Qatar Rejects Saudi Pressure To Send Troops To Syria

The Qatari foreign minister has rejected pressure from Saudi Arabia, who said they must send troops to Syria, saying that it “was not worthy of a response.”

The Saudi foreign minister said that the Qatari government had to send troops to Syria or they would lose US support and be toppled

RT reports: The official commented on the remarks of Saudi Foreign Minister Adel Jubeir in an interview with France 24 TV on Thursday.

“This statement [by the Saudi Foreign Ministry] is not worthy of an answer. Qatar refutes the brainwashing of the public opinion in the Arab world in such a way,” Qatari Foreign Minister Sheikh Mohammed Al-Thani said. Riyadh would not be able to manipulate public opinion with such statements since “Arab consciousness is much greater than what they imagine,” he added.

On Wednesday, the Saudi foreign minister issued a thinly-veiled threat to Doha, saying it must “send its military forces [to Syria], before the US president cancels US protection of Qatar, which consists of the presence of a US military base on its territory.” Failure to do so and the withdrawal of the US base from Qatar would result in the Doha government falling “in less than a week,” Jubeir said.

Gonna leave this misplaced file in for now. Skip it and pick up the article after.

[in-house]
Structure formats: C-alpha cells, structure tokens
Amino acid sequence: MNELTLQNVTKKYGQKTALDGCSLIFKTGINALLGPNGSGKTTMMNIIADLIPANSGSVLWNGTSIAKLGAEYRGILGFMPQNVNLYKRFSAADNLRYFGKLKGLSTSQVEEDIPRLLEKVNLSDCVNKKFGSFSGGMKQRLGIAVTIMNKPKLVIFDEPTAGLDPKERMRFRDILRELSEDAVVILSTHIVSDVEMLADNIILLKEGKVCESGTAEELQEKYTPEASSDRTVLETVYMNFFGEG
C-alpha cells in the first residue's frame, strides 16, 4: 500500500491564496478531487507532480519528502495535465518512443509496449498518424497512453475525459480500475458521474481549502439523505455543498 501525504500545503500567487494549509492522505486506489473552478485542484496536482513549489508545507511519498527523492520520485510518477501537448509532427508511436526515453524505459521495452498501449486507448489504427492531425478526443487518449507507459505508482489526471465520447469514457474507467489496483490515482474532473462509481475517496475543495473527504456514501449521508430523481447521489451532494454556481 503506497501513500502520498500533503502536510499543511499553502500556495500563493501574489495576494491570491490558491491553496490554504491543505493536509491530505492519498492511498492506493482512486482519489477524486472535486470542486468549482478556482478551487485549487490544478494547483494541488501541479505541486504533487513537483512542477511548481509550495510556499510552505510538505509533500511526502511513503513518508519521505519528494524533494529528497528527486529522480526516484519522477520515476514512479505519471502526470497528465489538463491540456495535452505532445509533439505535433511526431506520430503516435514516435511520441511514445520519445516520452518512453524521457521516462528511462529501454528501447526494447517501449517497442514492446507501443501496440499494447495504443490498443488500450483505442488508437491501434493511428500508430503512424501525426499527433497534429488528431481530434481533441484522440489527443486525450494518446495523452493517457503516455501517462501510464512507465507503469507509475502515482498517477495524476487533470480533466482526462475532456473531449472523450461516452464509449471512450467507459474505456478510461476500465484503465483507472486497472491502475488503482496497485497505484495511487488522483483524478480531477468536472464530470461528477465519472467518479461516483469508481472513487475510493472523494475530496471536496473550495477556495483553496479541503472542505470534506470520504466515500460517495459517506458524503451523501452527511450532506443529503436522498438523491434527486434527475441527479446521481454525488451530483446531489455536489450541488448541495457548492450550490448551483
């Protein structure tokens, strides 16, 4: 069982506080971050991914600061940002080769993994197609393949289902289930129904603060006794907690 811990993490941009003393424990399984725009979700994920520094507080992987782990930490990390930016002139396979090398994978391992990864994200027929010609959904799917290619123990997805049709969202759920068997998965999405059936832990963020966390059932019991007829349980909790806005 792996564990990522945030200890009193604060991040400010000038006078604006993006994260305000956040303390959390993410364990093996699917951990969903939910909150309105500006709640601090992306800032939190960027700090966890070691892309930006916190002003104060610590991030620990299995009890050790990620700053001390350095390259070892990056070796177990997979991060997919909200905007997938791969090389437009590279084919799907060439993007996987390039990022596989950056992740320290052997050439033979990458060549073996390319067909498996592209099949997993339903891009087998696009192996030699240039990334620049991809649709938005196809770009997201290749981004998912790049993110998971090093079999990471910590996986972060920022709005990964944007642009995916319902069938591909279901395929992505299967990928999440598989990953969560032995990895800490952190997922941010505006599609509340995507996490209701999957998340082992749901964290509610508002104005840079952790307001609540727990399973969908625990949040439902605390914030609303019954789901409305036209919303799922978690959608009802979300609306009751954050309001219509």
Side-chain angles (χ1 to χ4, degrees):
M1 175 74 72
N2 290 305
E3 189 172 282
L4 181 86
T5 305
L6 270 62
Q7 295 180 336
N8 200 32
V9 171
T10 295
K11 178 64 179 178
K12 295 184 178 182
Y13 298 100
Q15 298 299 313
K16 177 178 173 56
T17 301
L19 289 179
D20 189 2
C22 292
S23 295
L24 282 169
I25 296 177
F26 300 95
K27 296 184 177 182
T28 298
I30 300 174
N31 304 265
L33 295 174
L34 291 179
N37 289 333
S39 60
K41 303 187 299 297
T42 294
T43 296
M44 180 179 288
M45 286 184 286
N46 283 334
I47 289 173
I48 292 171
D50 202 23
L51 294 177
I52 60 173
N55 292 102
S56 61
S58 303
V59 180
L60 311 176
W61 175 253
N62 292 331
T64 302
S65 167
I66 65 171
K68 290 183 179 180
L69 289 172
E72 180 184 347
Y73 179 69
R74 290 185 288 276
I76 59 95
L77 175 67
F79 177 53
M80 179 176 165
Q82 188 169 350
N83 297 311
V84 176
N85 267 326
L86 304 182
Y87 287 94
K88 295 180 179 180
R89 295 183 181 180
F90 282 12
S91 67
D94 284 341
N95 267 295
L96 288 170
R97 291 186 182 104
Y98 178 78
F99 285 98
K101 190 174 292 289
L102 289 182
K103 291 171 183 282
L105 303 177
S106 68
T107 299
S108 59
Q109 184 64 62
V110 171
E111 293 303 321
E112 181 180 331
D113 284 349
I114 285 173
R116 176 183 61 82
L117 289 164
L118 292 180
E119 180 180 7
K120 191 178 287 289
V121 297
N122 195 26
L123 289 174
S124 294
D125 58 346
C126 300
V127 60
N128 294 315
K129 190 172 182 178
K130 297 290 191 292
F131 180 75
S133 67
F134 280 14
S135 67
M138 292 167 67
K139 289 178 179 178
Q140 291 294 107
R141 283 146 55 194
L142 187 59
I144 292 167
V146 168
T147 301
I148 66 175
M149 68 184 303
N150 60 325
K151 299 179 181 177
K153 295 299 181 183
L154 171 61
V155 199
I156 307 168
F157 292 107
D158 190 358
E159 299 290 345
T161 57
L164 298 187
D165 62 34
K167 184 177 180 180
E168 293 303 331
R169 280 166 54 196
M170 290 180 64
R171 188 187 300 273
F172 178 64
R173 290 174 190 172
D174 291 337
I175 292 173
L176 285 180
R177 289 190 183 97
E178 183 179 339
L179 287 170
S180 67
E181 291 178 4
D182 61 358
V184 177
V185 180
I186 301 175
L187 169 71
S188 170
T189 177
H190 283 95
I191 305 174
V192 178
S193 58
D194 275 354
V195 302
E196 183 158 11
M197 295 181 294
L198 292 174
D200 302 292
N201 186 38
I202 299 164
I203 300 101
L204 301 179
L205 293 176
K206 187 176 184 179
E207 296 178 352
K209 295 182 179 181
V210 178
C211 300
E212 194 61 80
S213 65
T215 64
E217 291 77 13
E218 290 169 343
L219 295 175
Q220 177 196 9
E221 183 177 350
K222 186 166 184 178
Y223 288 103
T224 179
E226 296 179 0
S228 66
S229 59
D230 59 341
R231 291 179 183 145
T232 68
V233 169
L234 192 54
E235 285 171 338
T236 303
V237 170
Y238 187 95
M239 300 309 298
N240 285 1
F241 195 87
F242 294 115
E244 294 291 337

The new Saudi threats against Qatar followed remarks delivered by US President Donald Trump during a joint press conference with French President Emmanuel Macron on Tuesday. Trump said that the “countries that are in the area, some of which are immensely wealthy,” should replace the US forces in Syria when the US withdraws. The US president reiterated his intent to pull the troops out “as soon as possible.”

“They [the wealthy states of the region] wouldn’t last a week. We’re protecting them,” Trump stated, urging them to “step up and pay for what’s happening.”

Qatar is currently housing the largest US military compound in the Middle East. Al-Ubeid base has been the center of the US-led operations against Islamic State (IS, formerly ISIS). However, Qatar’s army is one of the smallest in the region, with only around 12,000 active servicemen.